Dr. Sarhad Najor started his residency in Internal Medicine and Pediatrics at Hurley Medical Center in Flint, Michigan this summer. It has been a long road to residency indeed for Dr. Najor, who spent the past 17 years in Michigan but was born in Iraq.
We caught up with this young doctor to talk about why he found the small class sizes at UMHS helpful and his confidence in the Ross family’s excellent track record in medical education. We also discussed why he decided on a Med/Peds residency, his tips for making the most out of the Match process, and why he feels the time he spent at UMHS constituted the “best four years” of his life.
UMHS Endeavour: Tell us a little about yourself and where you are originally from.
Dr. Sarhad Najor: I was born in Iraq, from a small village named Tel-kef. We moved from Iraq to Greece when I was three years old, and stayed in the capital Athens for three years before we finally moved to the United States. For the past 17 years, my family has lived in Grand Blanc, Michigan.
Why did you decide to go to UMHS?
Deciding which medical school to attend was a challenging and difficult choice to make. After all, this is going to be the foundation of your basic medical education, and the school you will be representing for the rest of your life. I wanted to attend a medical school in which the class sizes were not too big, but yet has a proven record. UMHS at that time was a fairly new medical school. But because of Dr. Ross and Mr. Warren Ross’ background, I had great faith in attending UHMS. I knew they would move this medical school to the correct path based on their history with molding great medical schools.
Where are you doing your residency?
I interviewed at many residency hospitals, and I was very fortunate to land at my #1 choice, combined Internal Medicine and Pediatrics at Hurley Medical Center, in Flint, MI.
What was the greatest thing about learning you matched?
It’s a nerve-racking chapter in your life, but at the same time, a very exciting chapter. During the two-to three months of your interviewing process, you will be traveling a lot, and to many different cities or states you’ve never been to. It’s a great time to take a step back, and enjoy the process. Really look at the program and ask yourself “Can I live and work here for the next 3+ years with these people?” Always rank your list based on your preference and not based on which you think the programs will rank you.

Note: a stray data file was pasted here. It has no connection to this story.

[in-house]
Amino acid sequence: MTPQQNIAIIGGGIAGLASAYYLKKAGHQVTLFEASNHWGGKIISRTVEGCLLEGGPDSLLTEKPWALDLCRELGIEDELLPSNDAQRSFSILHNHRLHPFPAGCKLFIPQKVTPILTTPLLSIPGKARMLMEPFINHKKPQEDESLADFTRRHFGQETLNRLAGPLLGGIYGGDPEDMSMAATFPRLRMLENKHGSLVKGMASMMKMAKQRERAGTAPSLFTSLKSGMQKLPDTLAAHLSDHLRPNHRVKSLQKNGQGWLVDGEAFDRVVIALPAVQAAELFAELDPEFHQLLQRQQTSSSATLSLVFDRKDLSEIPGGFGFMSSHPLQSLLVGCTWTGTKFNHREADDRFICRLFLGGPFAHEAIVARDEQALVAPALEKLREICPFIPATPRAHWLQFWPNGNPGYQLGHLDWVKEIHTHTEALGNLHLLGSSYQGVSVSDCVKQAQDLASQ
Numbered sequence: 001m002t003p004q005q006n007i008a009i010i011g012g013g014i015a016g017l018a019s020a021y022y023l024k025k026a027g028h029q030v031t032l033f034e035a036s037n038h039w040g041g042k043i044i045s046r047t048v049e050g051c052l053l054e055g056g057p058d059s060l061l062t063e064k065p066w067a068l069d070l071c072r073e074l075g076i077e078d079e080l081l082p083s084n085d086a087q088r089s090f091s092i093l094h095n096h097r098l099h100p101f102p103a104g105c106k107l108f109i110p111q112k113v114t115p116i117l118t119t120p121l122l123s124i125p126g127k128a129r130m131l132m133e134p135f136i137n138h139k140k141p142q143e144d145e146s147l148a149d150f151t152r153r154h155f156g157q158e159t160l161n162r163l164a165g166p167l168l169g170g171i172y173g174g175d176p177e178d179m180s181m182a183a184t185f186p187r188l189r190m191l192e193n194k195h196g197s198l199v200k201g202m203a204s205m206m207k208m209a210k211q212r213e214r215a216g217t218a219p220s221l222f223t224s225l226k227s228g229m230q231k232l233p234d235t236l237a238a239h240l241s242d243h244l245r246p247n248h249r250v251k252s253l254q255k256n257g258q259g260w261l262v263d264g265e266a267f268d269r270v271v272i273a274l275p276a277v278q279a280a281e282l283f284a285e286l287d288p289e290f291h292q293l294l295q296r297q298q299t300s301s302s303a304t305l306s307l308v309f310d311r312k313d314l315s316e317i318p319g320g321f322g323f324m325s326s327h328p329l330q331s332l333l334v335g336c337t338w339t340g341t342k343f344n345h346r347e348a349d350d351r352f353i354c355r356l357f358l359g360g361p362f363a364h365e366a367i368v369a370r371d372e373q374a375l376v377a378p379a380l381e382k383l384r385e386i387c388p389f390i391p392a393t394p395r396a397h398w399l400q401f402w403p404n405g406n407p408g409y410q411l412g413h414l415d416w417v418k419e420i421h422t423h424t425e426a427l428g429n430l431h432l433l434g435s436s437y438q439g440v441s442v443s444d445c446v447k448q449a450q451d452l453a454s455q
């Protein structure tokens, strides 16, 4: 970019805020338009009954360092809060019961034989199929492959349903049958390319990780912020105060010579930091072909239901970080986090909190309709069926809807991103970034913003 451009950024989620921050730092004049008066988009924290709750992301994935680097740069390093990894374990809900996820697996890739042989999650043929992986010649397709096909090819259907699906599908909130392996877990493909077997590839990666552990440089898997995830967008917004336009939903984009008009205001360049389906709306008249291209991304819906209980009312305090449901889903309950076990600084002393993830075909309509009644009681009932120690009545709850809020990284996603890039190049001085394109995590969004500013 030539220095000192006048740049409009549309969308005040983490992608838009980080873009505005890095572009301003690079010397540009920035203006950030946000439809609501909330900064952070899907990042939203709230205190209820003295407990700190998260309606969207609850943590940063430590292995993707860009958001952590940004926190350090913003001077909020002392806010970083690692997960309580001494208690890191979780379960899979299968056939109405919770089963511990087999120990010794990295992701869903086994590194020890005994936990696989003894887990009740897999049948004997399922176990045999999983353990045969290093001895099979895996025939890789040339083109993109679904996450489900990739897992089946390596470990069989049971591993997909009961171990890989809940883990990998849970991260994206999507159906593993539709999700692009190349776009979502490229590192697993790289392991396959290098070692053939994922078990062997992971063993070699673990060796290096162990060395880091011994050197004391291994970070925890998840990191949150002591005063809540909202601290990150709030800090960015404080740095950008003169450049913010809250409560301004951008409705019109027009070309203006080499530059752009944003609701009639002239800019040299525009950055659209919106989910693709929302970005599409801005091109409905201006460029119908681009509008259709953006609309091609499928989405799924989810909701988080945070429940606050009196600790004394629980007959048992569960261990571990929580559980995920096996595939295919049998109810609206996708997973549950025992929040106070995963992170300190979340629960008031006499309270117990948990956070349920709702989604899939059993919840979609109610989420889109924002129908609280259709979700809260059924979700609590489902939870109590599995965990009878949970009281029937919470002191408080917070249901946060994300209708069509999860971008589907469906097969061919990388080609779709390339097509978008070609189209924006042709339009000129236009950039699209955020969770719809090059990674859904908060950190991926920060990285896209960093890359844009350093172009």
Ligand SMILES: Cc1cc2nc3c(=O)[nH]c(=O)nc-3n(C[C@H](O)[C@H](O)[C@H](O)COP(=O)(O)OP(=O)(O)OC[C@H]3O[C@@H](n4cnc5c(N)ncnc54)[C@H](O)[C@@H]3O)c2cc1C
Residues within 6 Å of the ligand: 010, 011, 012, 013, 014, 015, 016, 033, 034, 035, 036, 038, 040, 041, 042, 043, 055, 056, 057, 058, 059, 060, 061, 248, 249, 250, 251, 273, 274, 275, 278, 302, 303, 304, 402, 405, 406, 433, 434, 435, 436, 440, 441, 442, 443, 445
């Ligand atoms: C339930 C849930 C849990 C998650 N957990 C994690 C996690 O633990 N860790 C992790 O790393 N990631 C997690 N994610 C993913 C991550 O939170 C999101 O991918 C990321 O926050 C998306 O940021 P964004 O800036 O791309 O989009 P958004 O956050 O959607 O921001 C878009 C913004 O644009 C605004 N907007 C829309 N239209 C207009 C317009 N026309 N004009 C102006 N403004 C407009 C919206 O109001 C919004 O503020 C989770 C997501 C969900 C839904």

Is there anything in particular that interests you about your specialty?
At the beginning of my medical school career, my vision was to become a Pediatrician. But as I expanded my medical education, especially during my clinical rotations, I realized that not only do I love Pediatrics but I also love Internal Medicine. Meds/Peds is an uncommon residency program, one that I did not even know existed until I was looking for elective rotations to do for my fourth year of medical school. With combined Internal Medicine and Pediatrics, one can practice as a Primary Care physician, treating all ages of patients. Or one can pursue a fellowship in either Pediatrics or Internal Medicine. The road of opportunities in Med/Peds is endless, and that’s one of the particular reasons why I love this field.
What advice do you have for current UMHS students, and medical students in general, about the Match process?
Enjoy it! I cannot stress that enough. I know it’s a nail-biting process but try to take a step back and let it sink in for a second. Try to go and explore the beautiful cities you will be visiting during your interview. Also, rank your programs based on your preference, and not based on which you think you will Match. The system really tries to favors the applicant’s preference.
Was there anything specific about your medical education at UMHS and clinical rotations that prepared you well for matching?
Increase your chance of matching. This is best done by doing your elective rotations at as many different hospitals as possible. Don’t use all your elective rotations at one hospital. The more hospitals you rotate at, the more opportunities you will have to get an interview at that particular hospital. Also, while you’re rotating there, it’s okay to stop by the residency program’s director’s office and introduce yourself (after all, they’re the ones who decide who gets accepted in their program or not). Make a good impression during your rotation. Everyone will be grading you (from the MAs, to the nurses, to the residents, to the attendings).
Do you have any specific goals for your residency?
Try to become the best resident I can. The learning never finishes. This may include staying after hours to help out a collage or coming home and reading up on an interesting case I saw.
Is there anything else you’d like to add that we have not covered?
Your four years of medical school will fly by. You will develop life-long best friends while in medical school. I know those long nights of studying, preparing for exams isn’t easy. But in the end, it’ll be all worth it. These past four years have arguably been the best four years of my life so far, and they most likely will be yours as well when it’s all said and done.
Built in the tradition of the best U.S. universities, the University of Medicine and Health Sciences focuses on individualized student attention, small class sizes and recruiting high-quality faculty. For these reasons, UMHS is quickly becoming the school of choice among Caribbean medical schools.